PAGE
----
Facebook launches a Messenger hub to inform users about coronavirus
Today, following the launch of a Facebook program that’s matching developers with organizations to build solutions that inform people about COVID-19, Facebook revealed the steps it’s taking to help Messenger users stay connected. Via a new hub — the Messenger Coronavirus Community Hub — the network is providing tips and resources to help users stay in touch with friends, family, colleagues, and community while preventing the spread of misinformation.
“Messenger helps you feel together with the people you care about, even when you can’t be together,” wrote Stan Chudnovsky in a blog post. “Around the world, we’ve seen significant increases in people using Messenger for group calls to stay in touch with their loved ones. Globally, 70% more people are participating in group video calls and time spent on group video calls has doubled. Whether it’s a one-on-one conversation with a friend or a video call with your extended family, Messenger can help keep you connected to your support system and help get us through these challenging times.”
Facebook says the hub will recommend activities like scheduling a virtual play date, connecting with kids’ teachers or other parents for school updates, and organizing group video chats or text groups. Additionally, it will highlight ways to identify false or misleading information about COVID-19, and it will suggest how to avoid online scams related to COVID-19 treatments or fundraising.
Separately, to limit the spread of misinformation about COVID-19, Facebook is exploring options like testing stricter limits for how many chats Messenger users can forward a message to at one time. The company has also banned ads for hand sanitizer, medical masks, and COVID-19 test kits in recent weeks.
“As this global public health crisis evolves, our mission to connect people around the world could not be more important,” said Chudnovsky. “We hope the hub can serve as a resource for people to help maintain their communities and social connections even when they can’t be together in-person.”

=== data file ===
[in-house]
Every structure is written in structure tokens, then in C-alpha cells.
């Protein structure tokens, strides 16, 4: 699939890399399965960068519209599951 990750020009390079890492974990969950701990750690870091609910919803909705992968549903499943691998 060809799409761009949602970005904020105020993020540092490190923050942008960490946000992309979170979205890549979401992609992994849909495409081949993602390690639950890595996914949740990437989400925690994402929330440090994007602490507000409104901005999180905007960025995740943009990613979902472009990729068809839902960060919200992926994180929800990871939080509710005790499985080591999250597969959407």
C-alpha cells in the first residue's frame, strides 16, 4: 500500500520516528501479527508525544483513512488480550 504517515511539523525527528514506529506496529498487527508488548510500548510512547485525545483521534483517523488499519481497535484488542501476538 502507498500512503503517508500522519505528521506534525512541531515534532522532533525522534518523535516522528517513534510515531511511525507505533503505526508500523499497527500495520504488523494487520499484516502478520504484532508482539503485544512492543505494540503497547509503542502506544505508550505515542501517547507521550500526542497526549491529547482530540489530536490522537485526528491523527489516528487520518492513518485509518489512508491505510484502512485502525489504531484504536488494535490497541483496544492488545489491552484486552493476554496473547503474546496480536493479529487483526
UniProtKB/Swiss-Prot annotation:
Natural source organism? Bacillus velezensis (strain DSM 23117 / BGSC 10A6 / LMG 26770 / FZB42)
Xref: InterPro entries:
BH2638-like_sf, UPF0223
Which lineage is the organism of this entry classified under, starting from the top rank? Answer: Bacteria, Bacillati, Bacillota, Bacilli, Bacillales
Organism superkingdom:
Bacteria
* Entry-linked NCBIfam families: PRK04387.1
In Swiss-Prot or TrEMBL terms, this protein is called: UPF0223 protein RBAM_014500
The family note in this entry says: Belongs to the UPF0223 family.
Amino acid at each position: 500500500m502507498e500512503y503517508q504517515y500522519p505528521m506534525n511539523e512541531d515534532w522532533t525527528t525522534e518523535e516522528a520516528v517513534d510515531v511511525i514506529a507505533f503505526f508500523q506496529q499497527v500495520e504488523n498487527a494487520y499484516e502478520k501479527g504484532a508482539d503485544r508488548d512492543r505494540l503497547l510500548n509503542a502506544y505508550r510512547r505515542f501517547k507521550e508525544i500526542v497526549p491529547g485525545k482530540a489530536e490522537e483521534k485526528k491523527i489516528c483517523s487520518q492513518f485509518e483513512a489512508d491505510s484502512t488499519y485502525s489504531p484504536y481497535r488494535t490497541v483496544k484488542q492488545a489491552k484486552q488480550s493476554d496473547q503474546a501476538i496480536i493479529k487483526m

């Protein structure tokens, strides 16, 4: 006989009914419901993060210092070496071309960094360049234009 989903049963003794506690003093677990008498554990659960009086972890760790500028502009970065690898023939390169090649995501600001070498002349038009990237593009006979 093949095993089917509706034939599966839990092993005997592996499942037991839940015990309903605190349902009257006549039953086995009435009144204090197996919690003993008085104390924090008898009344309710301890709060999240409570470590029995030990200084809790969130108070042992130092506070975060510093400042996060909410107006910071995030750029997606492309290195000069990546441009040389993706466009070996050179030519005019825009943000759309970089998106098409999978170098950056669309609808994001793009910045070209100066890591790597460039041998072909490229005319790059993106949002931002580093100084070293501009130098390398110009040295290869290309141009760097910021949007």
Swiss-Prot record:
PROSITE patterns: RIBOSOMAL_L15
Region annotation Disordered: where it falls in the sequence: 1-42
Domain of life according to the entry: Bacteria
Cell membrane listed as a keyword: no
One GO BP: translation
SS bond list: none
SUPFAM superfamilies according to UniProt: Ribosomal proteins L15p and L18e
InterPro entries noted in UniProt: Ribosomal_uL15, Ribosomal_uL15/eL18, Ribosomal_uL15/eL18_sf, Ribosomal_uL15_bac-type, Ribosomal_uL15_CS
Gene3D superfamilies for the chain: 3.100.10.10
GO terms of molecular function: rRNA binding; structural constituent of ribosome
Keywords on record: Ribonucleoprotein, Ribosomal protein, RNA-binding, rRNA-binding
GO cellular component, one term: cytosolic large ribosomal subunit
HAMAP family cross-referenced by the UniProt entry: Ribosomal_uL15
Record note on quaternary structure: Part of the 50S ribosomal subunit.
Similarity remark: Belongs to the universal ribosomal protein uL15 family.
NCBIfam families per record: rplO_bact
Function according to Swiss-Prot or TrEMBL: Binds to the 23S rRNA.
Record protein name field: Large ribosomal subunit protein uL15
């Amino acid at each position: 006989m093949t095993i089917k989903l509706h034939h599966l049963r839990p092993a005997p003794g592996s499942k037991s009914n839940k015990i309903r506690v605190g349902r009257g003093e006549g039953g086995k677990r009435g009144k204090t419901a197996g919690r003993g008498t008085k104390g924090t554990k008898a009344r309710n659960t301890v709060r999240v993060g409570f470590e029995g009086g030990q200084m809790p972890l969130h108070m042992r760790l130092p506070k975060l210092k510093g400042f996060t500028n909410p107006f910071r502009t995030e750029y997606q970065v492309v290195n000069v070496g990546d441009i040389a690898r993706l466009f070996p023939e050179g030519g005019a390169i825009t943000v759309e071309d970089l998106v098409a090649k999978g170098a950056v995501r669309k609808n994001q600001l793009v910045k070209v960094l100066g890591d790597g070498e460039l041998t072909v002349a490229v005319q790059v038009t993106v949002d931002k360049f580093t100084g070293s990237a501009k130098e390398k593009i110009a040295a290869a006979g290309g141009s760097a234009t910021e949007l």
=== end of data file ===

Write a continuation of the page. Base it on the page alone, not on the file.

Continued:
The Messenger hub complements the coronavirus information center Facebook rolled out earlier this month, which collates sources like the Centers for Disease Control and Prevention (CDC) and the World Health Organization (WHO) and sits at the top of the news feed. It includes curated posts from politicians, journalists, and celebrities intended to spread useful health information.
Elsewhere, Facebook launched a WhatsApp information hub in partnership with the WHO, UNICEF, and UNDP to offer actionable guidance, advice, and resources to inform users about COVID-19. WhatsApp said that it’s working with the WHO and UNICEF to provide messaging hotlines for people to use directly.
Beyond its educational efforts, Facebook recently said it would roll out a $100 million grant program to assist 30,000 eligible small businesses in over 30 countries. It also teamed up with the WHO, Facebook, Microsoft, TikTok, and other health experts and tech companies to launch #BuildforCOVID19, a global hackathon that aims to find software solutions for challenges related to the novel coronavirus, and it donated $1 million to support the International Fact-Checking Network, a unit of the Poynter Institute dedicated to bringing together fact-checkers worldwide.
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